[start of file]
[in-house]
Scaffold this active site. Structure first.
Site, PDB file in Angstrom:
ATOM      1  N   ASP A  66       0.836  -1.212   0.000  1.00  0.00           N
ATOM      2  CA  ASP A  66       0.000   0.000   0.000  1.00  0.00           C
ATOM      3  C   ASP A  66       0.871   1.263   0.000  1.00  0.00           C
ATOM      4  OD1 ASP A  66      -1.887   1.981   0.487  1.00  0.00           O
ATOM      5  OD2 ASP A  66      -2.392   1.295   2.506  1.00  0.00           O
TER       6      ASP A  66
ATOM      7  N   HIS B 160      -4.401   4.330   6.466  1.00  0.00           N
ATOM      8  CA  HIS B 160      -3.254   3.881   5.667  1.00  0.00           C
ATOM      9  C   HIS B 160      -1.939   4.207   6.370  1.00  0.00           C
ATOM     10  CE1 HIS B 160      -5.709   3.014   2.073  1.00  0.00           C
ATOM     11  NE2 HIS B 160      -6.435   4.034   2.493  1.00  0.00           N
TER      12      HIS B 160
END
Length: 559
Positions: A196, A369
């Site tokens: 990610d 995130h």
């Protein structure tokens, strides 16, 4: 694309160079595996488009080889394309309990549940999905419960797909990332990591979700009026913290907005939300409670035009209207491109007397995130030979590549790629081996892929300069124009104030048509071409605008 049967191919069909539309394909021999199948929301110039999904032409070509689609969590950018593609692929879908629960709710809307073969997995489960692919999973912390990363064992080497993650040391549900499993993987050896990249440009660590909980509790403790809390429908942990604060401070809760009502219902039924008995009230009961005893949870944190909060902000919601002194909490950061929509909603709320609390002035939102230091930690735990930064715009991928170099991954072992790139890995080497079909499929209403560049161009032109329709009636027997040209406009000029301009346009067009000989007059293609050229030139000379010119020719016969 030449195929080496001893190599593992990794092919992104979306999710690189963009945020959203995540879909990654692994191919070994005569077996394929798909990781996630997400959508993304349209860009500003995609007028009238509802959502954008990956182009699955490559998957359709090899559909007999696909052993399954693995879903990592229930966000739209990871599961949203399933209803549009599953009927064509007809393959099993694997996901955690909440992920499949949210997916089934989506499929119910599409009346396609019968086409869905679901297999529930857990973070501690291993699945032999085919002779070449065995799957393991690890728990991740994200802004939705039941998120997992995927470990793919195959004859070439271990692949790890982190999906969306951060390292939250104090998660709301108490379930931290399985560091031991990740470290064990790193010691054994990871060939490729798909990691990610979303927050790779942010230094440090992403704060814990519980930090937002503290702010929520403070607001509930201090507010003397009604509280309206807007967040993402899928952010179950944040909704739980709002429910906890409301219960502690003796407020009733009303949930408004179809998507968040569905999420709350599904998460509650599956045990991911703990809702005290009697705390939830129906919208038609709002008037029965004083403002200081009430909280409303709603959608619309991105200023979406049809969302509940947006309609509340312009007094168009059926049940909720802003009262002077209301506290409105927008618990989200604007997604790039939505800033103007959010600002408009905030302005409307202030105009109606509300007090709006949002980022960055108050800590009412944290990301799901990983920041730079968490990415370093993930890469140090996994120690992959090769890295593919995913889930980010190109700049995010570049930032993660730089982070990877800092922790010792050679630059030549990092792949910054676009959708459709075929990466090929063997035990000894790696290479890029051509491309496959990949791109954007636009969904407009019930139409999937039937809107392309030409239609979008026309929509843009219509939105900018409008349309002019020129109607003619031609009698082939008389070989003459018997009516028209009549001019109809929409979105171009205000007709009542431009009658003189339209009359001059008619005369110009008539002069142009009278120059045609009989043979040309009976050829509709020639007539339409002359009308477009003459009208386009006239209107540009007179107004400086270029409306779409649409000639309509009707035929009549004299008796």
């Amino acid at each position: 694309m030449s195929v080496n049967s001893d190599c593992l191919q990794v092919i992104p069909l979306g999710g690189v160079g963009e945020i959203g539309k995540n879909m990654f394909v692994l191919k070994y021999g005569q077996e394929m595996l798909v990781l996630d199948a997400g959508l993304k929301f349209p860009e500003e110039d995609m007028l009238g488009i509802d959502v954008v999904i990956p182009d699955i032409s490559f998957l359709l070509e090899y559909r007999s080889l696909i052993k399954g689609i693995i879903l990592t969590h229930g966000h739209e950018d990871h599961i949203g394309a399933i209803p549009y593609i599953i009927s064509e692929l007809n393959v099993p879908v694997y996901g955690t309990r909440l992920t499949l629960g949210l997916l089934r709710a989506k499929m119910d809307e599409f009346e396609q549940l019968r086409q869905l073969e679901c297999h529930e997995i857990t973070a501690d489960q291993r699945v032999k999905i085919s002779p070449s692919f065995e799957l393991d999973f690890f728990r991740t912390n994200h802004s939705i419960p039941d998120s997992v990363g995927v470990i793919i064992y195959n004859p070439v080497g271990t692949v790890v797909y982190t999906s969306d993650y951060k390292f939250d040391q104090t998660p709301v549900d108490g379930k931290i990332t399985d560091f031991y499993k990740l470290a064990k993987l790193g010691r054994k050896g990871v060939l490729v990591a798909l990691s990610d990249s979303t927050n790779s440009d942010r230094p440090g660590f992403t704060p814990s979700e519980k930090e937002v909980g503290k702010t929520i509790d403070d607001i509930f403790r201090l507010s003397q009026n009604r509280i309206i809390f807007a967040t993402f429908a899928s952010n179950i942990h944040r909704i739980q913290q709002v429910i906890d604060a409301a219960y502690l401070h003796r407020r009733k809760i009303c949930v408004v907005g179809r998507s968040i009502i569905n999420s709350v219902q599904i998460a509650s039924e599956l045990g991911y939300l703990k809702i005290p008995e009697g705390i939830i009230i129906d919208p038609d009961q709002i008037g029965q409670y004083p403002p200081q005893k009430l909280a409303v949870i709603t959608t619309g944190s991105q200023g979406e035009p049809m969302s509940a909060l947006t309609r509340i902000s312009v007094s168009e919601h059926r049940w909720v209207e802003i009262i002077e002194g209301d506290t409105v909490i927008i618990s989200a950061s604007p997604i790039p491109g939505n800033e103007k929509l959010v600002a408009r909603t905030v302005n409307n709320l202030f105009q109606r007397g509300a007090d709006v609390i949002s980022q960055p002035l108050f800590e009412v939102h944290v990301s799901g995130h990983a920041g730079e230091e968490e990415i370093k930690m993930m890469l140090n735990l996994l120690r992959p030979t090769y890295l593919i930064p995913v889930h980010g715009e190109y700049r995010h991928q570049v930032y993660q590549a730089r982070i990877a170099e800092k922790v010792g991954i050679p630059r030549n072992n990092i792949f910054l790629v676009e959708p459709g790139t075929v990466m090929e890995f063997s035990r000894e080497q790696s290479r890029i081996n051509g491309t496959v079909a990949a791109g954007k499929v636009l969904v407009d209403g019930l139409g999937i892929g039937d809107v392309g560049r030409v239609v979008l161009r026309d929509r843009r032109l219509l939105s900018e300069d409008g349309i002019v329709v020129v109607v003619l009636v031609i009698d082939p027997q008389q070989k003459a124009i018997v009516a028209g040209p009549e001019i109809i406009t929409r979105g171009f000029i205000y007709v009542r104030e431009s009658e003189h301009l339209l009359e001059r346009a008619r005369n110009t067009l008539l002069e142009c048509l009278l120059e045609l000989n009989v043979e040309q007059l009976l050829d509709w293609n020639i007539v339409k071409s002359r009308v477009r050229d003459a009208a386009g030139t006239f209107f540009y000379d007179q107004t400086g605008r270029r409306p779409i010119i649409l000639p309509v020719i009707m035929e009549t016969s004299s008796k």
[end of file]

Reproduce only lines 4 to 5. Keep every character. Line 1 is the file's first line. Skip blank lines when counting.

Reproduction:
ATOM      1  N   ASP A  66       0.836  -1.212   0.000  1.00  0.00           N
ATOM      2  CA  ASP A  66       0.000   0.000   0.000  1.00  0.00           C